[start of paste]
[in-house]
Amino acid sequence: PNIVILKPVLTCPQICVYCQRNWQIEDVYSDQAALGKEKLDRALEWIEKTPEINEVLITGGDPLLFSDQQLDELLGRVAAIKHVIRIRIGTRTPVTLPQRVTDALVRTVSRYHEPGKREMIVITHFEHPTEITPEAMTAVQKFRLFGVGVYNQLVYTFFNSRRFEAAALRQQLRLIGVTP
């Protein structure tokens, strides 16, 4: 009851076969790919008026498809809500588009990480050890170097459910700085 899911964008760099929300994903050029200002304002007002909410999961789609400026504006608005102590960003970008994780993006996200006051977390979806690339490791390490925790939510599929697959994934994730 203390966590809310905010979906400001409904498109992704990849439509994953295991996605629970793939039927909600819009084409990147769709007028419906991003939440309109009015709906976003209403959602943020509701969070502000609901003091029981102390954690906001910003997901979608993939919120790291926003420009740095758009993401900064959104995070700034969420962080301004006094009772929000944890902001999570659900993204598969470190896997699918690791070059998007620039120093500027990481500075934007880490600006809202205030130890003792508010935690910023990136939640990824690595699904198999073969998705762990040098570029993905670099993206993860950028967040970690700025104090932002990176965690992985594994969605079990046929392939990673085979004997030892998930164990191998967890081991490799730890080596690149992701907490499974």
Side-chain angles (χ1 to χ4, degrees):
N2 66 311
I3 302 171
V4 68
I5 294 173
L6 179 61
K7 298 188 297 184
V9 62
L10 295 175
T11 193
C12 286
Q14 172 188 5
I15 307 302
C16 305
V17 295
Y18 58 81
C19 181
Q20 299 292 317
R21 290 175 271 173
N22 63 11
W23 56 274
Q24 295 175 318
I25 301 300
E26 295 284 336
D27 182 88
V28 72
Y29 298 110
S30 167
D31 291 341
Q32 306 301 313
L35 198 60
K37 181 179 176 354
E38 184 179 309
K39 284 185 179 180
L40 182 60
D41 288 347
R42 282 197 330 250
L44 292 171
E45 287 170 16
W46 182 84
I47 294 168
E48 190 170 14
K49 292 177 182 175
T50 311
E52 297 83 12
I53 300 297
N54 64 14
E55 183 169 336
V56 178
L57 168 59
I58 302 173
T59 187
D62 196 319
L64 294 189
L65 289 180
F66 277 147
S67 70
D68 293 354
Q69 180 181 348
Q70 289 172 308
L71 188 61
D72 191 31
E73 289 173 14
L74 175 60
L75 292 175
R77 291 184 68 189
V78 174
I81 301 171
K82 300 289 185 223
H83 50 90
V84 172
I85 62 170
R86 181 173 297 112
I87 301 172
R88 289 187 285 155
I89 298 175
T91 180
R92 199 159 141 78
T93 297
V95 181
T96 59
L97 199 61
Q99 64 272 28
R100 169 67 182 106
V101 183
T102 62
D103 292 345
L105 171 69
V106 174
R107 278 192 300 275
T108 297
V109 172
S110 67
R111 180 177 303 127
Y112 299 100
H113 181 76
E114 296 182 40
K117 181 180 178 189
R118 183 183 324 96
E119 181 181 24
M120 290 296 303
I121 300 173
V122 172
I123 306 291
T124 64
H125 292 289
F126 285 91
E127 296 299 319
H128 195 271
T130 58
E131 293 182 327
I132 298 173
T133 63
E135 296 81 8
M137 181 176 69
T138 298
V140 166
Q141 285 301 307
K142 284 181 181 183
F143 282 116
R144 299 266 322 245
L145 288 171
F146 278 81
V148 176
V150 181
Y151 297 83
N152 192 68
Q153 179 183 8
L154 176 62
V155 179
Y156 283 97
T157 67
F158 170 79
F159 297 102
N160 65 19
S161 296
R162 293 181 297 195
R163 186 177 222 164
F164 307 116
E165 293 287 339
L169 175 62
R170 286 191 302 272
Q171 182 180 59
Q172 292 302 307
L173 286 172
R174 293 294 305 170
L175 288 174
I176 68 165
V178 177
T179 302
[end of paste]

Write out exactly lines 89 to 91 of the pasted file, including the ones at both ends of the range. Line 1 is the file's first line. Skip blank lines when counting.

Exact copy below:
T102 62
D103 292 345
L105 171 69